After hearing this story of forgiveness and reinstatement, we need never doubt the truth of this. We need never question God’s love for us. We need never wonder if God will finally reject us and cast us aside – that is not the question.
The only question here is – Do youlove me? That is the question Jesus asks you and me. And Peter.
“Yes Lord, you know that I love you.”
Three times the question – three times the answer – three times to show how deeply this all went – three times to go deeply enough to heal the past hurts – to re-establish relationship to the point that there can be no mistake about the forgiveness and reconciliation offered by Jesus.
Do you love me?
Even as Jesus asked Peter the question, Peter must have been wondering the same about Jesus. After all, Peter is the one who had messed things up in the first place. He had denied knowing Jesus. He is the one that should have been unsure whether or not Jesus loved him still.
And yet as the passage goes on, it becomes clear that not only is Jesus all about forgiveness –he is also all about showing that forgiveness by entrusting Peter with a new job.
Verse 15: Feed my lambs.
Verse 16: Take care of my sheep.
Verse 17: Feed my sheep.
Up to this point, Peter had been a follower. A disciple. The one being taught and cared for and shown what Jesus was all about and why he had come to earth. Peter had been on the receiving end.
But now everything was about to change. Jesus would be leaving – and the disciples would be left to carry on the work that Jesus had begun. The healing. The teaching. The caring. The feeding.
Peter would be instrumental in this. Once Jesus established that Peter was on the right page, headed in the right direction – with his heart in the right place, he quickly challenged Peter with his new task. Feed my lambs. Take care of my sheep. Feed my sheep.
This is Jesus passing on his own personal work to Peter. This is the ministry that Jesus was all about – Jesus is the good shepherd – the one who leads his sheep to good pasture, quiet waters – the one who restores the souls of his sheep. Jesus is the one who carries his sheep through the valley of the shadow of death so they need not fear evil.
And now Jesus is giving this task to Peter. And to his other followers. And to the church.
And this is the aspect of conversion that I want to talk about this morning.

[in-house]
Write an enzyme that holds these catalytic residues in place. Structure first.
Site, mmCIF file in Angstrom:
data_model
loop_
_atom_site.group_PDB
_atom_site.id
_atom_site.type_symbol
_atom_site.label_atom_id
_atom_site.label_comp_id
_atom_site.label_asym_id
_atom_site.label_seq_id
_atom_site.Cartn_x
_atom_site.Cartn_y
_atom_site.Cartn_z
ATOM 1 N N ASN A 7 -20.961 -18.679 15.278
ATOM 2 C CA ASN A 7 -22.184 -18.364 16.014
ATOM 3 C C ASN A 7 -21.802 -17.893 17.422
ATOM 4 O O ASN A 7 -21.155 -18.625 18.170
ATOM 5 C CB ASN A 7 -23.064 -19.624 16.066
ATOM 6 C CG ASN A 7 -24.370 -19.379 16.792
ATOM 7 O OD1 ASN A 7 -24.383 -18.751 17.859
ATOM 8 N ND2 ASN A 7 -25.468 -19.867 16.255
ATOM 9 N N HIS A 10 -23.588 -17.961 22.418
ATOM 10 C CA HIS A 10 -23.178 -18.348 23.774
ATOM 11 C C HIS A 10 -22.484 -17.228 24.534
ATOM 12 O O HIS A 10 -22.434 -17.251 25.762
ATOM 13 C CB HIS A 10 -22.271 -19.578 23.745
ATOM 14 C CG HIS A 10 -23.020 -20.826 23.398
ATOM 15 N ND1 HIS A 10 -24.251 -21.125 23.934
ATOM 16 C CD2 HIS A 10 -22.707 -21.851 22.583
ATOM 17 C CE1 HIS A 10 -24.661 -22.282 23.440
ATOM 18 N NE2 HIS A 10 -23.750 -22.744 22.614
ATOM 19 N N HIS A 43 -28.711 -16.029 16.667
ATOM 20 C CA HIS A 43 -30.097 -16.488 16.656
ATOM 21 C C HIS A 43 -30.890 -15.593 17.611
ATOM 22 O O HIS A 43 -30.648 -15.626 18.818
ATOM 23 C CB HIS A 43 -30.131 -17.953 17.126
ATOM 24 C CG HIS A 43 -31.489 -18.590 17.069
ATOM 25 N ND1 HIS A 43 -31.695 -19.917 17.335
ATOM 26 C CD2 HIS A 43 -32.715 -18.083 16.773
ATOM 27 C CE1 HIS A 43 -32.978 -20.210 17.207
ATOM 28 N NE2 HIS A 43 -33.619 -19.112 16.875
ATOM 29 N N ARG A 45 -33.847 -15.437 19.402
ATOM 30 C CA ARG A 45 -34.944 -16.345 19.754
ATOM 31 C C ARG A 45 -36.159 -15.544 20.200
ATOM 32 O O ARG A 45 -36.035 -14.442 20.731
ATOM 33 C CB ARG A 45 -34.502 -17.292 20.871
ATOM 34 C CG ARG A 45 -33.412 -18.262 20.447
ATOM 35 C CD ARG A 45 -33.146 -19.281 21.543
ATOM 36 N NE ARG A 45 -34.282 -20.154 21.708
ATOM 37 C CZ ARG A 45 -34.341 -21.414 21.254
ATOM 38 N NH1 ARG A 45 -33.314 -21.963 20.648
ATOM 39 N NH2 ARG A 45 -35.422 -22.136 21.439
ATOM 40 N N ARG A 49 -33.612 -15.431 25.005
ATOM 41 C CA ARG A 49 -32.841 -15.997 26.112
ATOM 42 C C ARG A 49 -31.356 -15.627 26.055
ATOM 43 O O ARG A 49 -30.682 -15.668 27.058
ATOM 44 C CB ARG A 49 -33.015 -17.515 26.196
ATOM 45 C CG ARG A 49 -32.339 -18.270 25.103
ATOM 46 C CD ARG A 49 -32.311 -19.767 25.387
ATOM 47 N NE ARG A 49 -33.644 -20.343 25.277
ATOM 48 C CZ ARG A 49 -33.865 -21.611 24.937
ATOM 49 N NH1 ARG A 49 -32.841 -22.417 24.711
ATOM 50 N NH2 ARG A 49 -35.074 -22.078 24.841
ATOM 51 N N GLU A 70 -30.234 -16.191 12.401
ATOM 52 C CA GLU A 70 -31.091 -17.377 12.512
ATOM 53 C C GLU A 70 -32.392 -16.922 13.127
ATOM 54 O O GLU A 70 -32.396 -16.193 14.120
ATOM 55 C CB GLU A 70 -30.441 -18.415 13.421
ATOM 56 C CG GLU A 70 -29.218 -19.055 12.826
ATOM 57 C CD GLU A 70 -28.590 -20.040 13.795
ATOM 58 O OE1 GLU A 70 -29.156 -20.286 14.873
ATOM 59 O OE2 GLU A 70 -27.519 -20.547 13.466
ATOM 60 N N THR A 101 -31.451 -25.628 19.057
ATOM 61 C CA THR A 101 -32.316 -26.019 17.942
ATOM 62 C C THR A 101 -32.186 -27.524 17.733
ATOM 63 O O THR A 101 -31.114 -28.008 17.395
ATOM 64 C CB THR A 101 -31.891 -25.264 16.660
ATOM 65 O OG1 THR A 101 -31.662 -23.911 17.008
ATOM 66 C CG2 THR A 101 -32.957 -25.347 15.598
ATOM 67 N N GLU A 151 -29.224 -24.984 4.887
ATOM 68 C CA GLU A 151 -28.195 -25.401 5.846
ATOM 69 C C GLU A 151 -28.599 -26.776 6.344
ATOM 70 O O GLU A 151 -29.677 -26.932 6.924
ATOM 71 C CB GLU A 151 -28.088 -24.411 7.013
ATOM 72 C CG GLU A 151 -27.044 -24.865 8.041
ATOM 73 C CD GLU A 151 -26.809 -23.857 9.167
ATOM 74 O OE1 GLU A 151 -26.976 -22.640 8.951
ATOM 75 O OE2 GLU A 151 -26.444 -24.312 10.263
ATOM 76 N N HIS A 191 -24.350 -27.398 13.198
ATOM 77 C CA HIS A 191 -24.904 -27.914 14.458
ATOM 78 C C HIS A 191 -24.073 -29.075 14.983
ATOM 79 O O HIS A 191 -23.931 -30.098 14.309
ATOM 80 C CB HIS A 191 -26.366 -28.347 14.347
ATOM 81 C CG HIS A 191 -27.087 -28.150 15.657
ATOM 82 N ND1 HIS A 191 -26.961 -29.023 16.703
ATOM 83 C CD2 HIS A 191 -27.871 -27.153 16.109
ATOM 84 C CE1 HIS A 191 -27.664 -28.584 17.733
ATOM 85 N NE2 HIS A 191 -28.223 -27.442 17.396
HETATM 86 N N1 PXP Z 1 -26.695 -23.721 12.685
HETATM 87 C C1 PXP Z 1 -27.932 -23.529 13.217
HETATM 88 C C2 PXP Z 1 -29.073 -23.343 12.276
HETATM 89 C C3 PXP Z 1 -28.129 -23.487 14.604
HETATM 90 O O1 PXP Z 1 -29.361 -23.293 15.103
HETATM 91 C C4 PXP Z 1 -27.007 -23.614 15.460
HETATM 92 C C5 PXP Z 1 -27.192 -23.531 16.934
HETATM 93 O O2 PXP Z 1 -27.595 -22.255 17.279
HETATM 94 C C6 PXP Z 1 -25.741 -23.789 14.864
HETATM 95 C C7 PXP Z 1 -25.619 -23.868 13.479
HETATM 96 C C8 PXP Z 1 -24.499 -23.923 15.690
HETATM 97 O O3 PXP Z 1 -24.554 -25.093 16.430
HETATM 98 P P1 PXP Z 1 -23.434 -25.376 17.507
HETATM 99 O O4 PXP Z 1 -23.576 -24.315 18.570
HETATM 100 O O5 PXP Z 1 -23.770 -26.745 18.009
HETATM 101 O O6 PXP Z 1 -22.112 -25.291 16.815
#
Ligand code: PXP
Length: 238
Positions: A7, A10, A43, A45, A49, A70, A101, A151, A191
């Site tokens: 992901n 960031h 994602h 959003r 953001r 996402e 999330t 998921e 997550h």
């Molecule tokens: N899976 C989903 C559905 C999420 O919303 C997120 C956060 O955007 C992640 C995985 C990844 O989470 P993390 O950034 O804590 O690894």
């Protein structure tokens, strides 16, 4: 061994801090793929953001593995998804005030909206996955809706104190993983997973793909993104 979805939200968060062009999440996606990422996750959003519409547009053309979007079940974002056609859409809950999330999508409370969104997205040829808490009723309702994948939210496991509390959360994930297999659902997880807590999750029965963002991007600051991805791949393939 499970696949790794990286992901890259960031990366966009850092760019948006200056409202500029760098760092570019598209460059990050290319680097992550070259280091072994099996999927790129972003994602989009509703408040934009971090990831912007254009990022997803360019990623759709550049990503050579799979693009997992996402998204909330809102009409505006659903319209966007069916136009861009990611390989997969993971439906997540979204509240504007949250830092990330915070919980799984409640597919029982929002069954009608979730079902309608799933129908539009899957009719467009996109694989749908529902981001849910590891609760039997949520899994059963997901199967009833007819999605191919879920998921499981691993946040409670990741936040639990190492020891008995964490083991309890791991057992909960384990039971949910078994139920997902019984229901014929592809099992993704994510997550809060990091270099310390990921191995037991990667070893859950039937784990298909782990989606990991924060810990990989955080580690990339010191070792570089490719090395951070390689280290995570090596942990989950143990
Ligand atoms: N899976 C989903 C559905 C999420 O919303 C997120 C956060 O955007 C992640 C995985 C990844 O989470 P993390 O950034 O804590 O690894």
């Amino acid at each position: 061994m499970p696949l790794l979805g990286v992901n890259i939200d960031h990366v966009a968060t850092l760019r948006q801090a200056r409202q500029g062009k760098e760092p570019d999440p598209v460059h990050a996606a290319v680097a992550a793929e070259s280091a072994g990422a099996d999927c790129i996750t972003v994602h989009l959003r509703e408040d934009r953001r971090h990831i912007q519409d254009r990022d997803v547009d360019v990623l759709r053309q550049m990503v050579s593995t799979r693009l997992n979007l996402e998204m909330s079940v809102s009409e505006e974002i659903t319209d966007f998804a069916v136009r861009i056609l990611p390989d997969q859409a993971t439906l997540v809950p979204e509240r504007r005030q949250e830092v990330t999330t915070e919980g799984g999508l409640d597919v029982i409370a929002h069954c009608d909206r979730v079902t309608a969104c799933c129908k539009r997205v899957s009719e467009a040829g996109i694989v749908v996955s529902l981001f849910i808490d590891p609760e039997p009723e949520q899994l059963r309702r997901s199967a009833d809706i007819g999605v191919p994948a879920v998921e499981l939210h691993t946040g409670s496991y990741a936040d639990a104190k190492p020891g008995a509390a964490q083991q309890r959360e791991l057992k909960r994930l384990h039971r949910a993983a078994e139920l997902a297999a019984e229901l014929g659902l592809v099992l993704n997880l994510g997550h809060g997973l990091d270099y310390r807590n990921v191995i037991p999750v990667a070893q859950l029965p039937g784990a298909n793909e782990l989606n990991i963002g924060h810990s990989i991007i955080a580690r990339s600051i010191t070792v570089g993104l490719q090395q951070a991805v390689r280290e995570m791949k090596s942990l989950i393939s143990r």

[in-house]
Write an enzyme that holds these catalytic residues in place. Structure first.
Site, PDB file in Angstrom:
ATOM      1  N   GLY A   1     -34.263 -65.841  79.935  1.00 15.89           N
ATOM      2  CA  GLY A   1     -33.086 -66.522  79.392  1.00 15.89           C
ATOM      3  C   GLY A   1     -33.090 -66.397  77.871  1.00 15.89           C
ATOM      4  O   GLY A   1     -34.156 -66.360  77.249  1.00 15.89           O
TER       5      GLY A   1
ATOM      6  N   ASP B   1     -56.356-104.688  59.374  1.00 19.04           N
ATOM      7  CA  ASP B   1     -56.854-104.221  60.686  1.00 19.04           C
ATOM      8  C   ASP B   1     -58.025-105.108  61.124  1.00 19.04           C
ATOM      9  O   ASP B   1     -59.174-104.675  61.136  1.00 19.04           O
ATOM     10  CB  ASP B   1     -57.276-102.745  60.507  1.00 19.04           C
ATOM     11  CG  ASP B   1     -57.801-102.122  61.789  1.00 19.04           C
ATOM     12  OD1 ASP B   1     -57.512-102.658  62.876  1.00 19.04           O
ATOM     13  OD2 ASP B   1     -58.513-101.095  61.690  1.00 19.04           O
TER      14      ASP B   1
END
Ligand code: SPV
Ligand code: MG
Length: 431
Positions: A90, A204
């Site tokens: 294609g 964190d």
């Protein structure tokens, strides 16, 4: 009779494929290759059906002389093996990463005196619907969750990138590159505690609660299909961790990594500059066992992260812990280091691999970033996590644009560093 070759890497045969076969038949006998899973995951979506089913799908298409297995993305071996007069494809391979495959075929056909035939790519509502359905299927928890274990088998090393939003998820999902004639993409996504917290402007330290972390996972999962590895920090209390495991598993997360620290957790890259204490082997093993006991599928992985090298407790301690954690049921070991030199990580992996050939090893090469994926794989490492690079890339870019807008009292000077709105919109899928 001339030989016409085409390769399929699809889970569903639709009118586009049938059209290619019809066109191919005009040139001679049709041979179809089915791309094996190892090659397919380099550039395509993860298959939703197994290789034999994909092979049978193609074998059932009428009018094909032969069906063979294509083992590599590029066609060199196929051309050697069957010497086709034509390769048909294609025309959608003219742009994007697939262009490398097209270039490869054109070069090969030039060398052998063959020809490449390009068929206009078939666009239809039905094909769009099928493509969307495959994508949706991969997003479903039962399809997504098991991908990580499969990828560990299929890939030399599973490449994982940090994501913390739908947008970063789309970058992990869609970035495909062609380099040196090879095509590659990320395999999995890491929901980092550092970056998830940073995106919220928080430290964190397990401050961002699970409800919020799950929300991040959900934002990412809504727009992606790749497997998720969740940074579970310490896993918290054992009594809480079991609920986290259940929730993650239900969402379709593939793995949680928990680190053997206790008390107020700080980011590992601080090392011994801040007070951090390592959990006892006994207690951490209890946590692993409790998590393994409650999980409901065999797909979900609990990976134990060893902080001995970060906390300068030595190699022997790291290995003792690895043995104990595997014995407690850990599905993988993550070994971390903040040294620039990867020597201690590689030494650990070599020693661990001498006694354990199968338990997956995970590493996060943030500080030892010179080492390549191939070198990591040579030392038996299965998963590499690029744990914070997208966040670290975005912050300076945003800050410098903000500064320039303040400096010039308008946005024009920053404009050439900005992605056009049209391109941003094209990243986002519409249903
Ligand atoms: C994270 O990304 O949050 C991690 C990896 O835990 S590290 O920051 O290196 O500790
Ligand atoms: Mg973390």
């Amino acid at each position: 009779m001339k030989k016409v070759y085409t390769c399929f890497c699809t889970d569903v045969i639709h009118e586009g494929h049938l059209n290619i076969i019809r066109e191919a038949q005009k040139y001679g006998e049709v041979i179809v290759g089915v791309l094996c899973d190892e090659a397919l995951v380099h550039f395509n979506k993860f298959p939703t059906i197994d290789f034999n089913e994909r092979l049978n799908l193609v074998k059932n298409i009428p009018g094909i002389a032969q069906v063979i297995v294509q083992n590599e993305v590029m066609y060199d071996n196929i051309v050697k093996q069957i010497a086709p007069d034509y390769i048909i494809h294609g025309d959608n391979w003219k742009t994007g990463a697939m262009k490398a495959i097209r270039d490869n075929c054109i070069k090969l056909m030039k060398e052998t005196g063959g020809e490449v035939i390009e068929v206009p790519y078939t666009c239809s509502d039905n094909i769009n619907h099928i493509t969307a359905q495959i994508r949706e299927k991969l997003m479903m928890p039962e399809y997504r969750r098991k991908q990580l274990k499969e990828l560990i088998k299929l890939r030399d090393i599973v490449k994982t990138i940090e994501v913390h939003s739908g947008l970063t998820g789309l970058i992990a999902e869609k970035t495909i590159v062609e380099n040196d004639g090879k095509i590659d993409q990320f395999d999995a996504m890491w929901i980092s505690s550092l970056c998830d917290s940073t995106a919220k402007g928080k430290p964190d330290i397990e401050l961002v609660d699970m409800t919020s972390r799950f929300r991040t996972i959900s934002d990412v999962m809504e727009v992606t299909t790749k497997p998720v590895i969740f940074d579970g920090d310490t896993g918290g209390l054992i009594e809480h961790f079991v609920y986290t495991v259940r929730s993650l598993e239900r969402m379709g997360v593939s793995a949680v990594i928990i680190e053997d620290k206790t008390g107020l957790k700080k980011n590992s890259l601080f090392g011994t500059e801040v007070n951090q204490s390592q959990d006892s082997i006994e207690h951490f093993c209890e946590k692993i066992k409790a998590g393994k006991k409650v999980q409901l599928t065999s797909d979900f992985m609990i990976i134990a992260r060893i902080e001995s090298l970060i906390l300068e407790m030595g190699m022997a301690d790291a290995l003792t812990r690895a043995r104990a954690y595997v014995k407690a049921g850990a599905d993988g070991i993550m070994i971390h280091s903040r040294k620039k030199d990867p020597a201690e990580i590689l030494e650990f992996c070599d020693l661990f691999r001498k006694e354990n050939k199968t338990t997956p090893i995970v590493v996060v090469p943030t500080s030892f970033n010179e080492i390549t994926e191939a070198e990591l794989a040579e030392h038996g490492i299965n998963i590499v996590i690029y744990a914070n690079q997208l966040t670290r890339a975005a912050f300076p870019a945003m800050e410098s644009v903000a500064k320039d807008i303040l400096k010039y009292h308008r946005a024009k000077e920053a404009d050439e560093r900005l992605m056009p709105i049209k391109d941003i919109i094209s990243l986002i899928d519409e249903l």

Last week was about Zacchaeus – the conversion he experienced as he met Jesus. Immediate. Urgent. 180 degree turn. Headed for the waterfall and radically changed course.
This week, I chose Peter, because not only does he show the ups and downs of a life of following Jesus, he is also an example of finding new purpose through conversion.
And that is what it is for us as well. We experience healing. Forgiveness. New life. But all of that happens in order to bring us to a place where we use all of that in order to do the work that God has called us to do.
And that new work is all about caring - feeding – ministering – healing – speaking out against injustice – taking the time to eat with others – to have deeper conversations with others – to be involved in feeding the hungry, caring for the poor, visiting the sick and those in prison – clothing the naked – offering that cup of cold water in the name of Jesus.
Do you love me – feed my sheep.
This is an echo of what Jesus said in Matthew 22:37 – where Jesus summarized God’s law in two concise commands -
Love the Lord your God with all your heart, soul, mind, and strength, and love your neighbour as yourself.
Do you love me? Feed my sheep.
As I was writing this sermon, I noticed a flyer on my desk from World Renew. The heading on the flyer – Ending Hunger.
It was a reminder that we are not alone with this task of loving God and caring for his sheep. We are part of a much larger community. Worldwide. Millions upon millions of people who are followers of Jesus. Millions upon millions who have experienced forgiveness of sins and who want to live out of this place of forgiveness in order to carry on what Jesus began.
Loving – and feeding. Loving and caring for. Loving and being loved.
That is our new purpose. To join the work of followers of Jesus in caring for his sheep.
I want to close by looking again at the closing verses: Jesus says to Peter in verse 18
“I tell you the truth, when you were younger, you dressed yourself and went where you wanted; but when you are old, you will stretch out your hands, and some else will dress you and lead you where you do not want to go.
What a description of vulnerability. What a reminder that in the end, we are all needy. We are all weak. We are all helpless. And we are all in need of the healing, restoring, forgiving, love of the Father offered to us through Jesus Christ our Lord.
This morning I invite each of us to quietly receive that grace once again, and in receiving, offering your love back to Jesus, and then opening your heart to the new purpose that God will pour in.
Lord, we desperately need your love. Every day. Every hour. Every minute. Fill us with your love so that we can express our love to you. Renew in us the joy of your salvation, and prepare us to do the works that you have in mind for us to do.
Through the love of you, our Father – and the forgiveness of Jesus Christ our Lord, in the power of the Holy Spirit. Amen.